Lithium-battery electric cars are a niche market and they will always be. And if most cars were replaced by lithium-battery cars, mankind would run out of lithium after the first generation of cars would be produced. Or soon afterwards. And it's possible that other materials such as cadmium (reserves are estimated at half a million tons only) are even more constraining.
First, note that the number of cars in the world has surpassed 1.4 billion. How much lithium do we need for 1.4 billion electric cars with 70 kWh lithium-based batteries?
Well, in 2017, the estimate was that 1 kWh in a Tesla had 0.8 kg of lithium carbonate per kWh of batteries. With 70 kWh, this means 56 kg of lithium carbonate, Li2CO3. About 19% of the mass of this molecule is lithium itself which is a bit over 10 kg per a 70 kWh battery pack. (I did confuse lithium with the lithium carbonate in a previous calculation but the factor of 5 doesn't really change any qualitative conclusions.)
Now, despite the fantasy and hype, you can't really go well below 10 kg for a 70 kWh battery pack by changing the other compounds accompanying lithium. Why? It boils down to the basic atomic physics. You may calculate a very simple thing called the Faraday constant. Note that Faraday lived centuries ago and he sucked in mathematics so you should really be able to understand these basics. The Faraday constant tells you "how many coulombs you get per mole" and is simply the product of the elementary electric charge and Avogadro's constant. The numerical value is some 96,500 coulombs per mole, OK?
A lithium atom has one loosely bound electron (note that there are two electrons in 1s and one in 2s) and that's the electron you may remove to get the Lithium+ ion. This ion is the ideal situation you may get. As you may read in this section about Li-ion electrochemistry, those 96,500 coulombs per mole may be divided by 6.941 gram per mole (the molar weight of lithium) and you get 13,901 coulombs per gram. Multiply it by a voltage like 3V and you get 41.7 kJ per gram of lithium which is the same as 11.6 kWh per kilogram of lithium. You need more than 6 kg of lithium even if you had the perfect positive ions but you will never quite reach this idealized ionized lithium in the batteries. The lithium in 70 kWh batteries will likely stay closer to 10 kg of pure lithium than to the idealized limit of 6 kg.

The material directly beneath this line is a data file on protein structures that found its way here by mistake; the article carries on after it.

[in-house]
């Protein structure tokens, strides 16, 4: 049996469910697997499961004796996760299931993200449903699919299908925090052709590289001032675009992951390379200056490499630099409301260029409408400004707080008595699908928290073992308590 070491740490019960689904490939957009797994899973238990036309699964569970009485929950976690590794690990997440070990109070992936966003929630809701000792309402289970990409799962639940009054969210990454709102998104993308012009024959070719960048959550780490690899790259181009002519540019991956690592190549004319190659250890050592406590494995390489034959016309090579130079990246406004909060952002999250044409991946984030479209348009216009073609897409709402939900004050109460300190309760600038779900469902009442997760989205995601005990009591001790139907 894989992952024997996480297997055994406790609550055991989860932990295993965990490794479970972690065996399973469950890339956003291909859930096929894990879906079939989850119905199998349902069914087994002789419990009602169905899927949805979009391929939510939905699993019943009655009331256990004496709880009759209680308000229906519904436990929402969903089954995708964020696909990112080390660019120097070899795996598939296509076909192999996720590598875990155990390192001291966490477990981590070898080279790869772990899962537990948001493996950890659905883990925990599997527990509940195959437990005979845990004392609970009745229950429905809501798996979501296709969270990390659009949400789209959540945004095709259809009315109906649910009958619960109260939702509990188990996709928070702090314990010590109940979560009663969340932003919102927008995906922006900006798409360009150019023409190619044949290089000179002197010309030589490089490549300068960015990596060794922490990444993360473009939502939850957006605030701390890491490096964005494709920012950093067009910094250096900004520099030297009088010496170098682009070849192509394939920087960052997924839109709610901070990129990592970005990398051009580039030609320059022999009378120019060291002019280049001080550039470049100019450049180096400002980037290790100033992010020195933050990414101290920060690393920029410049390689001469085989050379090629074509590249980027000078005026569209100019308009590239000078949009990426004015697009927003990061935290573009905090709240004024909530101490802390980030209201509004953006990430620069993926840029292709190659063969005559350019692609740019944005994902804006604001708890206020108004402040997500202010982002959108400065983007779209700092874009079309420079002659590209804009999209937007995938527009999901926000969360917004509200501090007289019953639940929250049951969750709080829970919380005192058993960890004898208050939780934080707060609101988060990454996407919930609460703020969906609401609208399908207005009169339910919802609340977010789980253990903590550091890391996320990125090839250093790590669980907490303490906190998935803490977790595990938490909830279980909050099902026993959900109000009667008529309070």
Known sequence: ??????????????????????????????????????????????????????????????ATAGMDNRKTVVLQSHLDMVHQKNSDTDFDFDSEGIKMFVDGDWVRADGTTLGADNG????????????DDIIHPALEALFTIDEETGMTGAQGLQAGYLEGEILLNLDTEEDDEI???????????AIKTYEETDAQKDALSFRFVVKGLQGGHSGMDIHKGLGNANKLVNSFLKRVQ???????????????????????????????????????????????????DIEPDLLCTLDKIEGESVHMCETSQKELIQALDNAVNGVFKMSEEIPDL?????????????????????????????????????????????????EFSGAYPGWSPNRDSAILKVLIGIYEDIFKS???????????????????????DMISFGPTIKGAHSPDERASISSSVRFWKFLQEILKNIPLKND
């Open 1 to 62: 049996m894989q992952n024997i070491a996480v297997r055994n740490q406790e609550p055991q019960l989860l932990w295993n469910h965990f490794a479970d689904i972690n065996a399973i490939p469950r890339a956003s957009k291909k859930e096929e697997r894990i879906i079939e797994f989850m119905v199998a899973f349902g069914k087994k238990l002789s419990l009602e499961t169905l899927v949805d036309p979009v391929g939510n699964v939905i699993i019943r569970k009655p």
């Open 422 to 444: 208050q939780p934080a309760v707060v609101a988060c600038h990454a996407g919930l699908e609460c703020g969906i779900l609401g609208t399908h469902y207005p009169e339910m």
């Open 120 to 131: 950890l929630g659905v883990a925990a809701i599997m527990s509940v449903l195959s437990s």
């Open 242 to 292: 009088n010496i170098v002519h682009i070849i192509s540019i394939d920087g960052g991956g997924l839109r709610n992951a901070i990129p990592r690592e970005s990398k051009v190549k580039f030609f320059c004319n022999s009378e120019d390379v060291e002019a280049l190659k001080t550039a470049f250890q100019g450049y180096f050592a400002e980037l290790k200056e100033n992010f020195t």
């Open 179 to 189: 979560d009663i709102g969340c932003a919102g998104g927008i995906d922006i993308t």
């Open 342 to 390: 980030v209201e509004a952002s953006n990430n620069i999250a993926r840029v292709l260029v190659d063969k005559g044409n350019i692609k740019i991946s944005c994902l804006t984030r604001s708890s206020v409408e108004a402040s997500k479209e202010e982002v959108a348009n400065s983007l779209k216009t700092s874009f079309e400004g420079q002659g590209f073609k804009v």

Great. So how many cars worth of lithium does the Earth have? The known lithium reserves were 14-17 million tons in 2017-2020 (Czechia's Ore Mountains, near the Saxon border, have the highest European reserves of 1.5 million tons or so) while the highest 2020 estimate on that page is 80 million tons. I think it's extremely likely that only the initial 14-17 million tons are easy to get, the rest would be much more difficult and expensive to extract. At any rate, we have 14-80 billion kg of pure lithium. Divide it by 10 kg per car and you get 1.4-8.0 billion cars (with a 70 kWh battery pack each).
That's between 1-5 generations of cars for the world, assuming no significant recycling. If we used all the Earth's lithium for cars, we could indeed replace all the currently operating world cars by cars with 70 kWh battery packs, and maybe five times if we use the optimistic estimated reserves. Then we would run out of lithium. In reality, the pro-lithium hype doesn't affect just cars. People want to have lithium batteries to store their electricity produced from solar panels, pinwheels, and other ludicrous sources of energy. Because cars produce some 20% of the CO2 emissions, it's reasonable to expect that they would only be "assigned" 20% of the world lithium, too. With this counting, we have enough lithium for 0.2-1.0 generations of electric cars.
An electric car manufacturer (e.g. Tesla) guarantees something about the batteries for 8 years or 150,000 miles, whatever comes first. So "one generation" is at most 8 years. Beyond that, the batteries are assumed to be mostly unusable. So the lithium reserves are enough for 8-40 years of electric cars for the world if you don't allow the lithium to be spent by anything else; or 2-8 years if you do.
All the numbers may be adjusted a little bit, improved by some hype etc. But at any rate, it is spectacularly clear that the switch to lithium-based batteries is not a long-term solution to any hypothetical "problem" (there is really no problem but I don't want to discuss this here). For example, if you were brainwashed and considered the CO2 emissions a "problem", the electric cars would only delay the "problem" by a few years (2-40 years according to the estimates above).